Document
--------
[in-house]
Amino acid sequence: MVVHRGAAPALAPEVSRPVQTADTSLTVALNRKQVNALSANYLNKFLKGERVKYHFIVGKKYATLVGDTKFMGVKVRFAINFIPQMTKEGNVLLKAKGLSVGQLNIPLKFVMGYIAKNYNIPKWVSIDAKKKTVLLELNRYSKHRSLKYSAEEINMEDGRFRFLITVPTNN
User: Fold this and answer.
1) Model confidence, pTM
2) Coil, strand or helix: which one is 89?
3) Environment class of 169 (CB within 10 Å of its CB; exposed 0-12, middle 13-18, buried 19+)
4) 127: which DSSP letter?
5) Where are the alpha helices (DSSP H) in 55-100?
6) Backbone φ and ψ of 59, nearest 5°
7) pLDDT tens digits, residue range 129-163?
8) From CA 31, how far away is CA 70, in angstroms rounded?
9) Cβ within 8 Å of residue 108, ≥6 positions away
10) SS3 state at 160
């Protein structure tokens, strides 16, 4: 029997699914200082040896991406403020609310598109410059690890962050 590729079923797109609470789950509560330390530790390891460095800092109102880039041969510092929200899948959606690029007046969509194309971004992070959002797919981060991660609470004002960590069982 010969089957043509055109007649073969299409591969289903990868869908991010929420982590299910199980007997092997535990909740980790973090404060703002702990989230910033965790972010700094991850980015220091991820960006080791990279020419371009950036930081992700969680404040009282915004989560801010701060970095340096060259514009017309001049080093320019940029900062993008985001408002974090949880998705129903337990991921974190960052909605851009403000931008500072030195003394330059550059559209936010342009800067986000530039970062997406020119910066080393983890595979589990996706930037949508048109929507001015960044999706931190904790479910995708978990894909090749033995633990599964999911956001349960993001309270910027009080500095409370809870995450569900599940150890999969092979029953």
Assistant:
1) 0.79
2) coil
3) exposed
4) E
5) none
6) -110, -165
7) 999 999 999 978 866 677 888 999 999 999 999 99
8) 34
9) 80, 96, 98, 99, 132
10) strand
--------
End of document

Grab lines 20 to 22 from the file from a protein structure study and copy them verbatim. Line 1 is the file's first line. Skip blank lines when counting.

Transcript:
5) none
6) -110, -165
7) 999 999 999 978 866 677 888 999 999 999 999 99